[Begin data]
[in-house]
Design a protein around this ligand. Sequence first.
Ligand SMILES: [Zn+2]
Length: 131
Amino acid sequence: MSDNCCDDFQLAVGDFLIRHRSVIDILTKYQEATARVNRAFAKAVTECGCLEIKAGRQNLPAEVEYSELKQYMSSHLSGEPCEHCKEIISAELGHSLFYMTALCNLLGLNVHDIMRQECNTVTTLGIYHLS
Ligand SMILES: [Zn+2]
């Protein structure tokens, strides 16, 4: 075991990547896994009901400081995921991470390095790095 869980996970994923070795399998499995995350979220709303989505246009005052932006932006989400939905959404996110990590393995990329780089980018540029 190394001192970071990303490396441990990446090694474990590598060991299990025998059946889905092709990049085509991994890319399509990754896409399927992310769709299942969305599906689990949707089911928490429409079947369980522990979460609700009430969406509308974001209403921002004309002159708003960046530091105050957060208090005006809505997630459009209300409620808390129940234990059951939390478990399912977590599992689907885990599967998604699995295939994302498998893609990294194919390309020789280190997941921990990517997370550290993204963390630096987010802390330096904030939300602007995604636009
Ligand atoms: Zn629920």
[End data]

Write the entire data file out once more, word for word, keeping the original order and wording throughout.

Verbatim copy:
[in-house]
Design a protein around this ligand. Sequence first.
Ligand SMILES: [Zn+2]
Length: 131
Amino acid sequence: MSDNCCDDFQLAVGDFLIRHRSVIDILTKYQEATARVNRAFAKAVTECGCLEIKAGRQNLPAEVEYSELKQYMSSHLSGEPCEHCKEIISAELGHSLFYMTALCNLLGLNVHDIMRQECNTVTTLGIYHLS
Ligand SMILES: [Zn+2]
């Protein structure tokens, strides 16, 4: 075991990547896994009901400081995921991470390095790095 869980996970994923070795399998499995995350979220709303989505246009005052932006932006989400939905959404996110990590393995990329780089980018540029 190394001192970071990303490396441990990446090694474990590598060991299990025998059946889905092709990049085509991994890319399509990754896409399927992310769709299942969305599906689990949707089911928490429409079947369980522990979460609700009430969406509308974001209403921002004309002159708003960046530091105050957060208090005006809505997630459009209300409620808390129940234990059951939390478990399912977590599992689907885990599967998604699995295939994302498998893609990294194919390309020789280190997941921990990517997370550290993204963390630096987010802390330096904030939300602007995604636009
Ligand atoms: Zn629920």